Wednesday, January 11, 2006

Gerald Hodges

Gerald Hodges, a friend of many years standing, passed away yesterday. As Linda Loman once said, "Attention must be paid."

Gerald was the Associate Executive Director for Communications and Marketing at the American Library Association. Before that, he was the Association's director of Membership Services and Chapter Relations, the role in which I met him when I held a similar job for the Ohio Library Association. Gerald helped me understand the way ALA and state chapters work together on government relations, advocacy, and library promotion. He helped me get into the media training that ALA launched in the early '90s to organize a cadre of librarians who could work effectively with the media. This was some of the best training I've ever had.

When the job of PLA Executive Director came open, Gerald encouraged me to apply and even helped me prep for the interview. I promised him that if I got the job, I'd take him to dinner at his favorite restaurant. We had a boozy, enjoyable dinner several months later, and the friendship was sealed.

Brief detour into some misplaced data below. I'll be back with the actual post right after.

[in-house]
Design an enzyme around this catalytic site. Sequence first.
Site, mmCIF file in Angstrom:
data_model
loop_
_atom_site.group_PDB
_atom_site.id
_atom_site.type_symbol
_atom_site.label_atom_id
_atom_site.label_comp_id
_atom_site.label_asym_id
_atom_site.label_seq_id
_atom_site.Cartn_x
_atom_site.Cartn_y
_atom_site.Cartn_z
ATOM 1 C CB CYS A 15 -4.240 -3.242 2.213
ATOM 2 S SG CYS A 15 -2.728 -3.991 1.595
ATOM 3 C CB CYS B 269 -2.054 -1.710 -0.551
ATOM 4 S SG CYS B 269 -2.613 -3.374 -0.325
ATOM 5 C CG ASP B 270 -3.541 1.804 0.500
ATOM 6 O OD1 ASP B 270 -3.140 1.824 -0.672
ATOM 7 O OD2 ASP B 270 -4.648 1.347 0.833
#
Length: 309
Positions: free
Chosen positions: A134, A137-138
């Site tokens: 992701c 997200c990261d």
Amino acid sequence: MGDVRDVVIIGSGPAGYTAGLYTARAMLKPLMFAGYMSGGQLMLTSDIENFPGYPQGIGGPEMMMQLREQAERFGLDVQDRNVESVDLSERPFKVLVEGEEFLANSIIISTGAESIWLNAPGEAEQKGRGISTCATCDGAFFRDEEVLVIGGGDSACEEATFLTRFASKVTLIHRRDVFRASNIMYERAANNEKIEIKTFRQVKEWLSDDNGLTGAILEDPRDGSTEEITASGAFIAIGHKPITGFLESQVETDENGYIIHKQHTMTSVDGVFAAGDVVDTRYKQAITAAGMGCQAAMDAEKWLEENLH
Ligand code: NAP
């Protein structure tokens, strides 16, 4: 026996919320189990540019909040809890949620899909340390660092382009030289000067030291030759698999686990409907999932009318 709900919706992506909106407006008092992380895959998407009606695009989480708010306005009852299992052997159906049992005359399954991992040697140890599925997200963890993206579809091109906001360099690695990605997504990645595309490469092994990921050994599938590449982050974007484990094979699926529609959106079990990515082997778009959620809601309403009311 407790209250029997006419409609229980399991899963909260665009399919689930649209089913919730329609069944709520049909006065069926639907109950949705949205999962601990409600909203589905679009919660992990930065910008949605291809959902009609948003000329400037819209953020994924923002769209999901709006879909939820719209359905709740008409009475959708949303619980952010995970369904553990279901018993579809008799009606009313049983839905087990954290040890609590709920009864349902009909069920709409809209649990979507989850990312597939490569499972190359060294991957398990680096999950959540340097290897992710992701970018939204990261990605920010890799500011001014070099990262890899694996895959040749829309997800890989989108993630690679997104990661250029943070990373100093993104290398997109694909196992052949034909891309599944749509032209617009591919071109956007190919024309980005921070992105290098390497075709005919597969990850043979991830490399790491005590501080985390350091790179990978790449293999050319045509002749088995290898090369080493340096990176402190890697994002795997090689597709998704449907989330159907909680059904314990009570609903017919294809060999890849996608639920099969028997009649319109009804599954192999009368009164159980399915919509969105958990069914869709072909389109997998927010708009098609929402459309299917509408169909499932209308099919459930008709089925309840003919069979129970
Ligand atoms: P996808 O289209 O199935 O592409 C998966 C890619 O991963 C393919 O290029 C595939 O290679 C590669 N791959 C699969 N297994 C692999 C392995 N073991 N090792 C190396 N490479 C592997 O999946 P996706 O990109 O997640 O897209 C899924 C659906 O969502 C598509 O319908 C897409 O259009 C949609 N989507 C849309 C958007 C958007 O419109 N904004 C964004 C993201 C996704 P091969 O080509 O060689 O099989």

Working with Gerald was a pleasure. His approach to work and life were marked by his sense of humor, encyclopedic knowledge of the field, and an apparently bottomless reservoir of patience. He took great and constant delight in his work, his partner Charles, frequent trips to Vegas, and, as his obit on the American Libraries site notes, all things Spanish. He was one of the nattiest dressers in the profession. Gerald in a tux at the ALA President's Inaugural Dinner was a GQ photo spread come to life.

After I left ALA for Michigan, our contacts were less frequent, but when we did see each other, at an ALA conference, or at state association conferences, or at a meeting at ALA about WebJunction a couple of years ago, it was as if we'd never been apart.

What I'll remember most fondly about Gerald is the way his eyes would twinkle when he was about to tell a funny story. He knew that as important as libraries are, life is more important. He had perspective.

The best way to memorialize Gerald will be to go to San Antonio for Midwinter and skip a meeting. Instead, go out and have a few laughs with friends that you don't see often enough.

More on Newspapers - Fishwrap?